When using ATMs, be aware of who is around you and never walk alone at night, even in tourist areas. Avoid entering favelas, unless you are with a trusted tour company. If you choose to rent a car, always keep the vehicle locked and never leave valuables in sight.
Travelers who are concerned about their safety should explore Brazil with a reputable tour company for peace of mind.
Brazil has a reputation for being an open and friendly country, with tolerance to different religions and views on life. That being said, around 65% of the population identifies as Roman Catholic and you should avoid expressing strong atheistic views in conversations with locals.
When greeting one another, men usually shake hands while women kiss one another on the left, then right cheeks. It’s not uncommon for Brazilians to leave little distance when talking, which can come as a shock to some visitors. Being late for dinners or social engagements is not frowned upon, provided it’s not more than half an hour or so.
Despite the mixing of ethnicities over time, Brazil still experiences social discrimination based on the color of skin and there is a wide disparity in lifestyle and wages. Although it is rapidly changing, there is still a slight distinction between gender roles in the country as a result of the “machismo” concept brought by the colonizing Portuguese.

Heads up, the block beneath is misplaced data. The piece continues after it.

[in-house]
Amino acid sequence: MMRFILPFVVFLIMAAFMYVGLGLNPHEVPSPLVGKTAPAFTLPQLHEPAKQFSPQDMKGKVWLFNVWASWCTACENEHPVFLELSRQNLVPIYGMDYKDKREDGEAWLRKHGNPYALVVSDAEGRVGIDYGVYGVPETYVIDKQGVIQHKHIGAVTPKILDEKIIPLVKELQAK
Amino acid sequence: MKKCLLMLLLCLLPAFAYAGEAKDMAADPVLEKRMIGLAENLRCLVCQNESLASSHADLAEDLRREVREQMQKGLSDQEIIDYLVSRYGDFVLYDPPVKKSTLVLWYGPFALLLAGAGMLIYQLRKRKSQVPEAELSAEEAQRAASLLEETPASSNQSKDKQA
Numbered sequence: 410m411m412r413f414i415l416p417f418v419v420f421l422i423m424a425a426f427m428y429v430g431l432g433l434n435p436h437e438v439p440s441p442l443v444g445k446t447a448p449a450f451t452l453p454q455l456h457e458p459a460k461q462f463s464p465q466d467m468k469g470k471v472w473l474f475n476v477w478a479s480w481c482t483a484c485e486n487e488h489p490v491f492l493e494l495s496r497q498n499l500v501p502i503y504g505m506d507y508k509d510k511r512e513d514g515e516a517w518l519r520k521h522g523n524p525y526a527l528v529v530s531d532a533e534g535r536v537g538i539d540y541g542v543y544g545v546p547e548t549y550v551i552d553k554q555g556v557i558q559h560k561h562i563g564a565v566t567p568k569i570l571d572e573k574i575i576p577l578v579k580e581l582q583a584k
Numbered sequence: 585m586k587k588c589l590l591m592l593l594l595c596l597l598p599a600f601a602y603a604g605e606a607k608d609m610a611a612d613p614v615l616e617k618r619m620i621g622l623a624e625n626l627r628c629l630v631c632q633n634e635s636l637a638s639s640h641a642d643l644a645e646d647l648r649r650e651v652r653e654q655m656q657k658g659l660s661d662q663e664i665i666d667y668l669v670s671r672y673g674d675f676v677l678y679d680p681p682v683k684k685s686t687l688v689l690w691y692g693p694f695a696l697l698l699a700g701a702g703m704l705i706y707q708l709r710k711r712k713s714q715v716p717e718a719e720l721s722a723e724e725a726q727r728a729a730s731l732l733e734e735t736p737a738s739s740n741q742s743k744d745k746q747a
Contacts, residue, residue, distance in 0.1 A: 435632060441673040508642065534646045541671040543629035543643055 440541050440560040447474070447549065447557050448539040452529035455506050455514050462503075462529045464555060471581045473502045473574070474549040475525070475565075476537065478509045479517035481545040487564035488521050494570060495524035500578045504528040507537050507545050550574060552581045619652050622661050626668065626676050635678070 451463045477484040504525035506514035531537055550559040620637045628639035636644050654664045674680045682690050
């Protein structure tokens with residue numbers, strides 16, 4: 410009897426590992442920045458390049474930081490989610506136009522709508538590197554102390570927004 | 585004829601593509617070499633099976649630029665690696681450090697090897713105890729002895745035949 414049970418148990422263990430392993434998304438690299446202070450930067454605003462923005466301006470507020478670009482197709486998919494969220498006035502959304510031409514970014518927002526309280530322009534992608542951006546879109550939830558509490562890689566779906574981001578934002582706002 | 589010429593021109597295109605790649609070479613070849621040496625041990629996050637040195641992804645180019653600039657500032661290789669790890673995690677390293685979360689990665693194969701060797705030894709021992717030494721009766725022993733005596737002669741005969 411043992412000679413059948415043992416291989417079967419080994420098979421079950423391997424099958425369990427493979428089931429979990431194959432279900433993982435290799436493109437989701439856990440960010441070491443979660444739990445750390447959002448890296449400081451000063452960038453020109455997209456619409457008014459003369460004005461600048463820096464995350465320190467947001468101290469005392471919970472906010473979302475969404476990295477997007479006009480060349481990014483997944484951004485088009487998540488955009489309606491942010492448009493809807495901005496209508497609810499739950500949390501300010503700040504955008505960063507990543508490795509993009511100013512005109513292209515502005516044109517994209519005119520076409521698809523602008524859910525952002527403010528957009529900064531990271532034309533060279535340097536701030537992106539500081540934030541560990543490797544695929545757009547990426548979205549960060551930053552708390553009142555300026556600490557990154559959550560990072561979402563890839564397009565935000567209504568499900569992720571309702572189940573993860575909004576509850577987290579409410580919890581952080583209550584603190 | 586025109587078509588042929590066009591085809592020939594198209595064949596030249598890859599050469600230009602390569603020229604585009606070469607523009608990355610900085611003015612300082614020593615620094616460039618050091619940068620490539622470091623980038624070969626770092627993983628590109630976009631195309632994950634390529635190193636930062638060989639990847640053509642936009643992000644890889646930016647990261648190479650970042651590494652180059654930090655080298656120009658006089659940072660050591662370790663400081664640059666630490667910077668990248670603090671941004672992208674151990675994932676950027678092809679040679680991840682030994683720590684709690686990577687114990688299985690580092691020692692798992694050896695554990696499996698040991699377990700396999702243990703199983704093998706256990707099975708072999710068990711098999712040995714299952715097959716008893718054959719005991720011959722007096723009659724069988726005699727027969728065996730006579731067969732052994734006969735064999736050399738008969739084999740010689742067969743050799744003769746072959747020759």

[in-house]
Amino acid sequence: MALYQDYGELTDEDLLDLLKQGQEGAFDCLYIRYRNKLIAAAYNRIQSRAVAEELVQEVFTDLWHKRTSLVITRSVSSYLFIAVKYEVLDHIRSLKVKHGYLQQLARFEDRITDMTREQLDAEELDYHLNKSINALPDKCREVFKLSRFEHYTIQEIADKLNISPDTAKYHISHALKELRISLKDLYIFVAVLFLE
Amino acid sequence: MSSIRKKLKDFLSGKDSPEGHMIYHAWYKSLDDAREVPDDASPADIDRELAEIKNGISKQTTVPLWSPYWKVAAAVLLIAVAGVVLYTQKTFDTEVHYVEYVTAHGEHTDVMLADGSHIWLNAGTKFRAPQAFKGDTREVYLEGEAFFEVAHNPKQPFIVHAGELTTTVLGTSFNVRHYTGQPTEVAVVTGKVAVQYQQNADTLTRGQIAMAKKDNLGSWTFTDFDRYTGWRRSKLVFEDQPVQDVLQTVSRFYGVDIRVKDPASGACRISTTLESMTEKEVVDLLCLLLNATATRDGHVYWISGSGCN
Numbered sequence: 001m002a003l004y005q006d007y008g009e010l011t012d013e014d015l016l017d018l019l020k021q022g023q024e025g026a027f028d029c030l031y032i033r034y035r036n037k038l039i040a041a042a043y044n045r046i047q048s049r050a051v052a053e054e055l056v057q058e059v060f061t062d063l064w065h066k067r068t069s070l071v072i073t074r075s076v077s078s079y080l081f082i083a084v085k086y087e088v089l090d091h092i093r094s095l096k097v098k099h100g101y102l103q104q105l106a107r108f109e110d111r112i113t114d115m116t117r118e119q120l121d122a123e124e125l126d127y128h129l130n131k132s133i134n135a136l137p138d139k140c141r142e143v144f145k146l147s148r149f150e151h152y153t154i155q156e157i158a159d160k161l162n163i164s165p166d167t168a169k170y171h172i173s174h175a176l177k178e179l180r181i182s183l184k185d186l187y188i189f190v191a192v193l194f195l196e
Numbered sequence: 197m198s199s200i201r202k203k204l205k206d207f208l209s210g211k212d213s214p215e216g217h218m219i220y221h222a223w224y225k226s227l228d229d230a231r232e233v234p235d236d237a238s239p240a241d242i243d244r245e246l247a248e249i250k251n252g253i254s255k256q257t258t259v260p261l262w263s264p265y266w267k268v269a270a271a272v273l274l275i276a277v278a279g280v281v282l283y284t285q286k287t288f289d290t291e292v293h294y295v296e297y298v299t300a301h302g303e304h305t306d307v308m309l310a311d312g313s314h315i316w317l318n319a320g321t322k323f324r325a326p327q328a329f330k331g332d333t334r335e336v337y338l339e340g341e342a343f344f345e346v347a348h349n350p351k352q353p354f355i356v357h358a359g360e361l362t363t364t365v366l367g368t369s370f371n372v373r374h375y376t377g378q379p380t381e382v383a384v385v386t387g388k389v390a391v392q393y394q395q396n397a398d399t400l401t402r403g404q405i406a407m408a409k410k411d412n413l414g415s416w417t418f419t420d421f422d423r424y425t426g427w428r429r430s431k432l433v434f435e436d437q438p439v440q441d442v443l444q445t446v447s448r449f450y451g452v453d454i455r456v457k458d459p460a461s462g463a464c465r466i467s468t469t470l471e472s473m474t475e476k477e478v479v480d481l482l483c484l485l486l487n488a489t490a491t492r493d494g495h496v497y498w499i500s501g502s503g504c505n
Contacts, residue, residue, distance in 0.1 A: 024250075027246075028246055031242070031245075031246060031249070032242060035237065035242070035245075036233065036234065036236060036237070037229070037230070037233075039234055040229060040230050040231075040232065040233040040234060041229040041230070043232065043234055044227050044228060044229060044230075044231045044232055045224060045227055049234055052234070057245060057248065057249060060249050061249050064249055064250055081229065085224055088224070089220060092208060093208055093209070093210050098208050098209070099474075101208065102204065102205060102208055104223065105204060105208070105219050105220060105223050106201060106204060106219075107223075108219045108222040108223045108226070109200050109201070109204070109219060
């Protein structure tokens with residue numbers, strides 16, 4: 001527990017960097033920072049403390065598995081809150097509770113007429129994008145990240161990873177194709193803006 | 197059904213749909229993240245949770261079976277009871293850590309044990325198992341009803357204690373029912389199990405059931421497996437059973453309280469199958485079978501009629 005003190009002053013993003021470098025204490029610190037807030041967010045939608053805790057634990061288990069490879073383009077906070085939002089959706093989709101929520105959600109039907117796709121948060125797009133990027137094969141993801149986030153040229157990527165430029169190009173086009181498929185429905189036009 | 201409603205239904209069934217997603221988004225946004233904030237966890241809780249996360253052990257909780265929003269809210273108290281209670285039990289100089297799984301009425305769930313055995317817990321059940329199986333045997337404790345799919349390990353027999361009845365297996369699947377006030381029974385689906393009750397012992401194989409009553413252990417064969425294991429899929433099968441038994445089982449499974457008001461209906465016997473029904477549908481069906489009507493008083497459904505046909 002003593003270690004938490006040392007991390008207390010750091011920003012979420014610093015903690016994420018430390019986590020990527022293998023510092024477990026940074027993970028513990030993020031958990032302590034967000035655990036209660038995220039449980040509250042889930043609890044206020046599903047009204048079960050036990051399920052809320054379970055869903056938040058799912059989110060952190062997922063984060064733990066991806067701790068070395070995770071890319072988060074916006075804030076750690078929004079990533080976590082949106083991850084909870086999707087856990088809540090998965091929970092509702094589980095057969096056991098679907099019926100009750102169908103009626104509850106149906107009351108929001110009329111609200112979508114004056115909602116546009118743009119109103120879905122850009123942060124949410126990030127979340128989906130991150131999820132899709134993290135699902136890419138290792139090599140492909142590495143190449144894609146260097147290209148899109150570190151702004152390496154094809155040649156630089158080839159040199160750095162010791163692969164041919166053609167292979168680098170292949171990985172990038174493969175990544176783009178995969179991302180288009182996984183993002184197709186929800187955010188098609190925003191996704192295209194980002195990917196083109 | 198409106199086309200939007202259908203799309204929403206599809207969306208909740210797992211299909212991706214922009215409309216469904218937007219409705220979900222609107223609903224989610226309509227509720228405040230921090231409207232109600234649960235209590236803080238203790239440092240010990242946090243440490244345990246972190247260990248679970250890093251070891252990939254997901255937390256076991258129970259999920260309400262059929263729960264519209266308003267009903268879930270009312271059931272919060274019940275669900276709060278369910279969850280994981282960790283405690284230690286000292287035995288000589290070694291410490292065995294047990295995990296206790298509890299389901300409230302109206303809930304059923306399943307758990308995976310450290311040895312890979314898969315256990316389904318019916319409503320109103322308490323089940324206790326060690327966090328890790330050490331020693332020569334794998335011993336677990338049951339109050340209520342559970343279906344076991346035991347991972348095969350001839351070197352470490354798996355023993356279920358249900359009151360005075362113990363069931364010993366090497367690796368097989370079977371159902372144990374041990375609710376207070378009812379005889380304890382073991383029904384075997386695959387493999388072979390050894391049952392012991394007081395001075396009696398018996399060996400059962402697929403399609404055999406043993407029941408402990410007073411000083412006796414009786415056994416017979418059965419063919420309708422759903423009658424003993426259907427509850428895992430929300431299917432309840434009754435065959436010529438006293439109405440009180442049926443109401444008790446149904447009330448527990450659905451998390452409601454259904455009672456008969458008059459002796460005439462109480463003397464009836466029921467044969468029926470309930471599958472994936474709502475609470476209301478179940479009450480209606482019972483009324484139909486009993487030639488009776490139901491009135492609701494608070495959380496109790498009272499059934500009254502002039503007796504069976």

Brazil’s successive waves of immigration have brought culinary influences from Africa, Asia, the Middle East, Italy, and Spain while existing Amerindian traditions and native ingredients are still used today. Rice and beans are a staple in the Brazilian diet and are often complemented by a range of vegetables, meats, and tropical fruits.
Keep an eye out for feijoada, (a black bean, pork and beef stew), coxinha (chicken stuffed with mashed manioc), and kibe rissoles, as well as churrasco mixed grills. Along the coast, you’ll find bolinhos de bacalhau (cod fishcakes), moqueca de peixe (seafood and coconut milk stew), and acarajé (cowpea fritters served with shrimps and okra), as well as vatapá (shrimp stew). Street markets known as feira are a great place to find local snacks and dishes, including filled pastries known as pastels.
Sweet treats include chocolate fudge brigadeiros and coconut beijinhos, as well as tropical fruit ice cream featuring papaya, cupuaçu, and açaí. Brazil’s national drink is the capirinha - a cocktail made using the sugarcane spirit known as cachaça.